The Evans Road roundabout open house is set for Tuesday

The Evans Road roundabout open house is set for Tuesday

Good reasons for roundabout: Chilliwack mayor

Anyone harbouring a secret desire that the Evans Road Roundabout might one day disappear from the landscape should probably forget about it.



Anyone harbouring a secret desire that the Evans Road Roundabout might one day disappear from the landscape should probably forget about it.

“Are we ever going to take it out?” said Chilliwack Mayor Sharon Gaetz. “The answer is no and there are several good reasons for that.”

An open house on the Evans Roundabout held Tuesday at Evergreen Hall was well attended in Chilliwack, with more than 100 members of the public showing up to ask questions about the engineering, design and function of the roundabout.

Traffic-calming roundabouts are with us for good.

“Roundabouts are considered the way of the future for safety,” said Gaetz.

Unfortunately, most motorists would rather not stop for lights, in general, which is why the number one crash site in Chilliwack is at the busiest intersection of Vedder Road at Luckakuck Way.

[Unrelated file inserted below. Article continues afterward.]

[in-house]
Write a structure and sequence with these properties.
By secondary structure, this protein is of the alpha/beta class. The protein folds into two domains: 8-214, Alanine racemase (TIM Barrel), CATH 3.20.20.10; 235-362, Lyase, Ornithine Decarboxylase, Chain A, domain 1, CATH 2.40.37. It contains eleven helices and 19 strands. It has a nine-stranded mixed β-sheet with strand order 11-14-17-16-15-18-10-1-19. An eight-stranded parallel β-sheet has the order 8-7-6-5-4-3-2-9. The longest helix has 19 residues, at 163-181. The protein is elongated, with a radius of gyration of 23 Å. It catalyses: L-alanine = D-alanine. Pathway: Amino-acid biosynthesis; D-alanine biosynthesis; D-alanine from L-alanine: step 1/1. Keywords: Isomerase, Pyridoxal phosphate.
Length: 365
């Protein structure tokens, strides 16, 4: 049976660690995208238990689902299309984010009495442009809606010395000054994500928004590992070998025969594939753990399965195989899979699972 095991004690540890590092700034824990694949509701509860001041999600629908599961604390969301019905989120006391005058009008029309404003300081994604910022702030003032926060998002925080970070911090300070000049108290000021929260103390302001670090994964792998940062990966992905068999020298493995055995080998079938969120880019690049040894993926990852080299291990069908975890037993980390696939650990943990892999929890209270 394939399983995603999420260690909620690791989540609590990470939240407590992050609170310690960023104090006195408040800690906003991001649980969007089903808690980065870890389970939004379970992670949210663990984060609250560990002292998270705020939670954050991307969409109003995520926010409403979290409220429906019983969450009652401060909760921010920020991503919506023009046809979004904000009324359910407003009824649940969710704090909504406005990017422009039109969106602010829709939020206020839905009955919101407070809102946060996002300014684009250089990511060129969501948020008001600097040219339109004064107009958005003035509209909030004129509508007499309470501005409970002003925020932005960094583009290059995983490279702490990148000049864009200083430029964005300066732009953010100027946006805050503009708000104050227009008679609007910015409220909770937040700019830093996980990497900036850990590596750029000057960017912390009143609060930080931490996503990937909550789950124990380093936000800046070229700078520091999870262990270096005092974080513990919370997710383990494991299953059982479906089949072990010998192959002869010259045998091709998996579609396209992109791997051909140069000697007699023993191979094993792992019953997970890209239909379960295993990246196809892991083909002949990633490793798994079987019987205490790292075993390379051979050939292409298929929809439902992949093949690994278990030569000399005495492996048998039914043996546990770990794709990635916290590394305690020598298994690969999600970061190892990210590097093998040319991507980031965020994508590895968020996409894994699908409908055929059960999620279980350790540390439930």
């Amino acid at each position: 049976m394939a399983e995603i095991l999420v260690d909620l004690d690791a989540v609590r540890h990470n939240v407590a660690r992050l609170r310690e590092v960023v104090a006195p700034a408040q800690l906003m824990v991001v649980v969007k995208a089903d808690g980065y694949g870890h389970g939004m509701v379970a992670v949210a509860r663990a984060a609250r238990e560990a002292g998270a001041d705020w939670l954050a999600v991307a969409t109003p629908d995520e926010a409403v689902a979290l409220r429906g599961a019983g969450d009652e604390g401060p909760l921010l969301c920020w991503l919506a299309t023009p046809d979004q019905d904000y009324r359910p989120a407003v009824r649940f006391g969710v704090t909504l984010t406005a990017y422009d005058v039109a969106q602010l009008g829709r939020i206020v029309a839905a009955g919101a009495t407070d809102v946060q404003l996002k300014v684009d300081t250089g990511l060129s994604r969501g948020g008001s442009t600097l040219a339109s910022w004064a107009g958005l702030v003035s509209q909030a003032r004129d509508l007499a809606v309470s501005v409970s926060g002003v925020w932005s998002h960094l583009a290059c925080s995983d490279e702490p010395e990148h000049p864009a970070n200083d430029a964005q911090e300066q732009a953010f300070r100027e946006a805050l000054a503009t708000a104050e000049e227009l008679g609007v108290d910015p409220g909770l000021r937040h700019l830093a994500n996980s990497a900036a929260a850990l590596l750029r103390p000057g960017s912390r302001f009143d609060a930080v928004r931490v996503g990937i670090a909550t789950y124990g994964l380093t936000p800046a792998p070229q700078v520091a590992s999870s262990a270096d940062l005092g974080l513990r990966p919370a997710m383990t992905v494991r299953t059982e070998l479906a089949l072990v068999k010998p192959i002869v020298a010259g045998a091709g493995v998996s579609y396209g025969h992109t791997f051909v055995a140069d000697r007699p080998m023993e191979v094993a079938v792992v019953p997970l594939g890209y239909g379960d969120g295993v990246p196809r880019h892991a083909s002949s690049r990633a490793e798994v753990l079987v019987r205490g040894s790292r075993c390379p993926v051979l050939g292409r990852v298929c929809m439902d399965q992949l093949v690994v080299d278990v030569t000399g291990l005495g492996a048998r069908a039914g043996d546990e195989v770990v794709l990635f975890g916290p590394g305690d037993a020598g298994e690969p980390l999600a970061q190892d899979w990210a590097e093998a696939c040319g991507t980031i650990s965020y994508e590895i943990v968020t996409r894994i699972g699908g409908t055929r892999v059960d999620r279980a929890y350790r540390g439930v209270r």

“The other reason is that roundabouts are earth-friendly and green. The drivers don’t have to wait at a light, and there’s no idling,” she said.

Plus it’s cheaper in the end given the extensive underground wiring and other costs that go into putting up street lights.

“We saved about $750,000 putting in a roundabout at Evans rather than full signalization with stop lights, so that is yet another compelling argument.”

The city had to do something.

“We were starting to get calls from the public around the time the Walmart first opened,” Gaetz said.

Staff decided it would be better to answer questions all at once, with ICBC and RCMP invited to attend the open house as well.

“It’s our first roundabout with two lanes, and some are a little concerned about it,” she said. “That being said, I think the majority of drivers understand how to use it, and use it well.”

Then there are those who come flying into the roundabout at high speeds, causing dangerous driving situations by not yielding the right of way, or worse, freaking everyone out by trying to back up when they miss their exit.

“As a fellow councillor stated recently about the roundabout, ‘It’s not a merry-go-round,’ you can get off at an exit whenever you like.”

More motorists are actually starting to feel comfortable taking the plunge.

“It’s really well-used,” she said. “I think it’s really good for the city.”

 

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